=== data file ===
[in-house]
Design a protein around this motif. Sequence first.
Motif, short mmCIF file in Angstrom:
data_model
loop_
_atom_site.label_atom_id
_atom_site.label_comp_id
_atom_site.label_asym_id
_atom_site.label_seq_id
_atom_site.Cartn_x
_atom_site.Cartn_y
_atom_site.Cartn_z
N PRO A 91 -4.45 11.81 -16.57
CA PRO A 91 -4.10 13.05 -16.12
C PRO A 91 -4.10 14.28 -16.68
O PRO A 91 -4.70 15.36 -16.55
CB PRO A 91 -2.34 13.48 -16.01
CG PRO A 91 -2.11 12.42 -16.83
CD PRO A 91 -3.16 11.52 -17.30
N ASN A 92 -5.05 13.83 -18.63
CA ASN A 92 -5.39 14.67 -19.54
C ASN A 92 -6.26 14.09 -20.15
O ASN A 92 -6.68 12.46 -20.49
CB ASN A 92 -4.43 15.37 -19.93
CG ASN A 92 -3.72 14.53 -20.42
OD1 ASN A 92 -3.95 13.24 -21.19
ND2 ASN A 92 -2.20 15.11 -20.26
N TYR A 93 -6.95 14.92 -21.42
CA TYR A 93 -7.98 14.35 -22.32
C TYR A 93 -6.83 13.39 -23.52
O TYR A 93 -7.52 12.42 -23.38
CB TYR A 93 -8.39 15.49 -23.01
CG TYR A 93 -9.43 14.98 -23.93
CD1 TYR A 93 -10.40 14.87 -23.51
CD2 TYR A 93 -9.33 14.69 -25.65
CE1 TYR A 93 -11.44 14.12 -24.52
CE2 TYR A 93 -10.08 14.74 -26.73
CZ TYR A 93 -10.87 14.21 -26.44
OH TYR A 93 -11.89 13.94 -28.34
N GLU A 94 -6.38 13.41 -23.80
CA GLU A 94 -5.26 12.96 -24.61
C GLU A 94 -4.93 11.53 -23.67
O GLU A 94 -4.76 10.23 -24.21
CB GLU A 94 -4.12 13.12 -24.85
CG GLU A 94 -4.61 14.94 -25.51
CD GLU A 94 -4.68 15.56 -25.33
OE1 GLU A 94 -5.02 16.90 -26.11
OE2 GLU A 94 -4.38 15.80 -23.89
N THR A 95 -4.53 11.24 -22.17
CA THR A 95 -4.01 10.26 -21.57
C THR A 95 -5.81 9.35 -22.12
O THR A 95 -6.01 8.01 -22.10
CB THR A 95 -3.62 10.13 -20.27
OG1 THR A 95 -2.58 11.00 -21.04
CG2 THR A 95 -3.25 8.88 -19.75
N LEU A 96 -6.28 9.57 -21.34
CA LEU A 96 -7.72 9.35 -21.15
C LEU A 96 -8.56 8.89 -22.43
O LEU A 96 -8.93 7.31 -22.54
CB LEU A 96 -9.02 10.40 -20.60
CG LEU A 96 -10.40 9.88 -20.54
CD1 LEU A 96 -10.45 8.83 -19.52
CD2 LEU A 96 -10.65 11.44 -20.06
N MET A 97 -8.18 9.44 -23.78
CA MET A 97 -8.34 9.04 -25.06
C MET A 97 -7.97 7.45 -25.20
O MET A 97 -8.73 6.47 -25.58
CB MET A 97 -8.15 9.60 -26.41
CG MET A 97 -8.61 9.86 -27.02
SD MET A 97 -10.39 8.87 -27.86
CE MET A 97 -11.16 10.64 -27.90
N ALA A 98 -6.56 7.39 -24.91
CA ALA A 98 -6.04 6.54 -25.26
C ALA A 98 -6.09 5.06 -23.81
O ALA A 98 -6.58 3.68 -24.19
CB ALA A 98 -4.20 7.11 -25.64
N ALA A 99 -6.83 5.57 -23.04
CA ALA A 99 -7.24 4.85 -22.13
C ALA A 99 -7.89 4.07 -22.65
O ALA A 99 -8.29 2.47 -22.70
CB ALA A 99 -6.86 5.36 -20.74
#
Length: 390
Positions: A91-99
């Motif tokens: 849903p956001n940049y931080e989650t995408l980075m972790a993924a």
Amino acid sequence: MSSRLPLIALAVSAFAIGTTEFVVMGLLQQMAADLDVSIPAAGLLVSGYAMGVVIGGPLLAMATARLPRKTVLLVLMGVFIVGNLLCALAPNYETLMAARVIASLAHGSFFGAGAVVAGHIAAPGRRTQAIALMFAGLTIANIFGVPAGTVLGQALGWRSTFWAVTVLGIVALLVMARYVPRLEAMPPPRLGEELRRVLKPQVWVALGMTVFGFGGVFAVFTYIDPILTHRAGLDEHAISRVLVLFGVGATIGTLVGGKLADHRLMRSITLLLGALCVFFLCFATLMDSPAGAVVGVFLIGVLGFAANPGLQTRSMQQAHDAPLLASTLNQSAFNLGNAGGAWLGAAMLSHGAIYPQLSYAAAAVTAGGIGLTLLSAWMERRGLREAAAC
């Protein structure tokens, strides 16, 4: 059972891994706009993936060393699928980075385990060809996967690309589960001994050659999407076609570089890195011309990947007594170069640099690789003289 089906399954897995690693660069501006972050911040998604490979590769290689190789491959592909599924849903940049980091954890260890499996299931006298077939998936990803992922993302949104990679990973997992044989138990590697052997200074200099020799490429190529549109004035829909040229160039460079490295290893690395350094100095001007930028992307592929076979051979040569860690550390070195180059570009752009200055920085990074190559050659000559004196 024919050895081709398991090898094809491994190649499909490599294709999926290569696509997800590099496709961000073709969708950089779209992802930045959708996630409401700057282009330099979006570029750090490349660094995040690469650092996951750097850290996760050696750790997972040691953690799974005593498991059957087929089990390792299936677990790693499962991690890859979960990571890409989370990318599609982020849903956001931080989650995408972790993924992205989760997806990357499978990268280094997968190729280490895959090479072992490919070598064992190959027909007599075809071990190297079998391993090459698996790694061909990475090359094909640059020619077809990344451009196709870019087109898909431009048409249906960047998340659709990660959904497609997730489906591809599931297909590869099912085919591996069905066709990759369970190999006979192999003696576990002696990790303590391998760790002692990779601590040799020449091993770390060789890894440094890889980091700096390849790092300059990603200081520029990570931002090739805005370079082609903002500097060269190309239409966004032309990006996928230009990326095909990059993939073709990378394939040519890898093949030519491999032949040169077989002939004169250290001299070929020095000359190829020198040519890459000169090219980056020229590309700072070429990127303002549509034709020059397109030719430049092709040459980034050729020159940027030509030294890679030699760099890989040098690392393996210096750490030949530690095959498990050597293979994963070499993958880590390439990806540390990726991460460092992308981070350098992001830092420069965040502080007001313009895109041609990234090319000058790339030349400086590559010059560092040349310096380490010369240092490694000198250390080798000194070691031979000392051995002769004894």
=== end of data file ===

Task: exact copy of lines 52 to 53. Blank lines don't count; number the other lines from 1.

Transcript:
O THR A 95 -6.01 8.01 -22.10
CB THR A 95 -3.62 10.13 -20.27